The Senate of the new 111th Congress last Thursday sent a loud and clear message to producers of traditional fuels as it unanimously passed a $10-12 billion omnibus lands package that will take off the table millions of acres of public lands for potential oil and gas development.
The bill (S. 22) easily cleared the Senate by 73-21 and is now headed to the House. The package of more than 160 land bills was introduced last year, but the hot-button measure was punted to the new Congress after being blocked in the lame-duck session (see NGI, Nov. 24, 2008).
The passage of the omnibus lands package was a major setback for domestic oil and gas producers. "Enacting federal land policy that will further limit America's oil and natural gas producers' access to these resources will only diminish the state of the economy and result in lost jobs, lost revenues and increase America's dependence on foreign oil imports," said Barry Russell, president of the Independent Petroleum Association of America, which represents independent oil and gas producers.
"The multiple-use of federal lands is the backbone of federal land management in the West, and the areas identified in S. 22 are already effectively protected. Congress should find ways to encourage, not discourage, the production of America's resources."
Capitol Hill lawmakers "cannot afford to be short sighted when making decisions about the future of our energy security and economy. [It] needs to put forth thoughtful legislation that puts the nation on a path that will get the economy back on track. Unfortunately, by ratifying S. 22, the Senate just took a step backward," Russell said.
The bill, which was sponsored by Sen. Jeff Bingaman (D-NM) and Senate Majority Leader Harry Reid (D-NV), was lauded by environmental, wildlife and conservation groups. "These measures include many important provisions for America's public lands and waters, which provide crucial habitat for game birds, deer and elk and provide healthy watersheds and streams," said Larry Schweiger, president of the National Wildlife Federation.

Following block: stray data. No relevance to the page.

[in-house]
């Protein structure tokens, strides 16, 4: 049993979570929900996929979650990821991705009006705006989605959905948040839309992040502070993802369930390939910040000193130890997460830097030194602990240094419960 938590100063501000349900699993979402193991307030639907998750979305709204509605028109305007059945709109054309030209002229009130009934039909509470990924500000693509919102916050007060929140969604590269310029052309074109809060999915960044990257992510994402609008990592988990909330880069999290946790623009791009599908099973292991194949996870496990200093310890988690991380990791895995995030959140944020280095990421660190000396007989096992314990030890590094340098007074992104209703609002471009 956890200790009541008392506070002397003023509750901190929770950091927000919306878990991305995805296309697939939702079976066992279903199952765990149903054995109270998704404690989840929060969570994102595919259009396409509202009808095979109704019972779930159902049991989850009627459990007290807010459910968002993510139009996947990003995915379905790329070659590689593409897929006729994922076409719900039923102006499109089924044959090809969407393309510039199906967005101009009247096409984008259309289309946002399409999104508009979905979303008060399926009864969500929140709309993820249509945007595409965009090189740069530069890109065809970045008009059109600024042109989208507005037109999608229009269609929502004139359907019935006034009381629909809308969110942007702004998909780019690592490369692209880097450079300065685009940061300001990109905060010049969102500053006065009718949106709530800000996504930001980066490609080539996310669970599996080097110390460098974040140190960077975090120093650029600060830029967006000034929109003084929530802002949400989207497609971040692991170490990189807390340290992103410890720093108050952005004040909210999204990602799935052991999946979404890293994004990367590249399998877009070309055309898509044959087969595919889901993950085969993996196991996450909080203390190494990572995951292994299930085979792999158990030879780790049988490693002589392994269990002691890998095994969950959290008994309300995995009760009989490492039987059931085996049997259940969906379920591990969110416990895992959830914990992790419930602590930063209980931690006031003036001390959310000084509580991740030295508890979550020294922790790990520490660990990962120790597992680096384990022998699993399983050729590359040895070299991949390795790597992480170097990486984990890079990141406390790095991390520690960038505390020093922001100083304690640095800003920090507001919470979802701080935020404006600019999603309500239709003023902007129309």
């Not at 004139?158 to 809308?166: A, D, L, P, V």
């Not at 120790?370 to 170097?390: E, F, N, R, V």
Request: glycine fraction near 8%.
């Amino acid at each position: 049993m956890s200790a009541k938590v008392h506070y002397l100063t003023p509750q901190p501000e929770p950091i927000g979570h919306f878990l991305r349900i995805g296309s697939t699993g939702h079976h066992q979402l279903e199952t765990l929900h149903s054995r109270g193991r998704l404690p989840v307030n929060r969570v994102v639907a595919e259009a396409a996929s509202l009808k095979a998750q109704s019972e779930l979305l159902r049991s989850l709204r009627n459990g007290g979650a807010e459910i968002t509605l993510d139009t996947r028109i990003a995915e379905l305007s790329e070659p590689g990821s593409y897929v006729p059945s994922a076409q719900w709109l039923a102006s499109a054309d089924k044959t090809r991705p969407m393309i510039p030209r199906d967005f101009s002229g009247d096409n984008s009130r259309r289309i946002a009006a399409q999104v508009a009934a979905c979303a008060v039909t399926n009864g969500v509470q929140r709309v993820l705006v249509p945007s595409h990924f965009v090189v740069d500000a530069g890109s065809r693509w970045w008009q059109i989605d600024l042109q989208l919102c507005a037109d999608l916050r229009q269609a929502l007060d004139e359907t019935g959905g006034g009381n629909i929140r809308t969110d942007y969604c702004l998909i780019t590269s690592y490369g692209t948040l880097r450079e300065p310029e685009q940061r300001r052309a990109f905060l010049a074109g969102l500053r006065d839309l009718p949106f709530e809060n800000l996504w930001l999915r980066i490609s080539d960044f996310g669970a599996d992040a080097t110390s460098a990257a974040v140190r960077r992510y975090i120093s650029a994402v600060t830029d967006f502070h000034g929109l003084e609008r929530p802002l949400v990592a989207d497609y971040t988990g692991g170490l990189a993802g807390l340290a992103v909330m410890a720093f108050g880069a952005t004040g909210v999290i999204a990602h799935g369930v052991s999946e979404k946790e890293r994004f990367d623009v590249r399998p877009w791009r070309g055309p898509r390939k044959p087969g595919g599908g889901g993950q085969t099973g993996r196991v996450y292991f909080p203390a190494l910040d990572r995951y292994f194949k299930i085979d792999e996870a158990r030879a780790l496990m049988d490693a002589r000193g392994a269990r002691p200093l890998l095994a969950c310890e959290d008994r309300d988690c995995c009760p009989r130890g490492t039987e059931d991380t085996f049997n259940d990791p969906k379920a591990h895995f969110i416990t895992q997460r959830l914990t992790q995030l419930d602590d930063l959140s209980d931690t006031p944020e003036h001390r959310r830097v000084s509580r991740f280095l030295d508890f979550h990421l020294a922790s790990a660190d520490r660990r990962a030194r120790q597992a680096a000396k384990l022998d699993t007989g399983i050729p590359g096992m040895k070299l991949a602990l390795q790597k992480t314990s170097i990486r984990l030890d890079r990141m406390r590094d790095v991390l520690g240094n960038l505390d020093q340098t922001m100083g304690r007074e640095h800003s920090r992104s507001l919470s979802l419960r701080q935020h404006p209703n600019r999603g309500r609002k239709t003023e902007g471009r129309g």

Sen. Tom Coburn (R-OK), a staunch critic of the bill, tried to block it. He was particularly critical of one provision in the 3,000-plus page bill that would bar access to a large natural gas field in Wyoming. He was referring to the Wyoming Range, which has been steeped in controversy about whether producers should be allowed to drill for gas in the Bridger-Teton National Forest (see NGI, Feb. 12, 2008).
"In this bill we are putting a patch over our eye and limiting our ability in the future to increase our energy independence by taking millions of acres of land and forever closing them to any source of energy, no matter what any new technology might be, no matter if we could do it totally without any environmental impact," Coburn said.
According to Bingaman, the Omnibus Public Lands Management Act would result in the addition of more than two million new acres to the National Wilderness Preservation System. It would establish three new units of the National Park System and enlarge more than a dozen existing areas, create a new National Monument and three new National Conservation Areas, and codify the Save America's Treasures and Preserve America historic preservation programs.
In addition, it will designate more than 1,000 miles of new additions to the National Wild and Scenic River system, would help protect 1.2 million acres of the Wyoming Range, and would add four new trails to the National Trails System for a combined addition of more than 2,800 miles of new trails.
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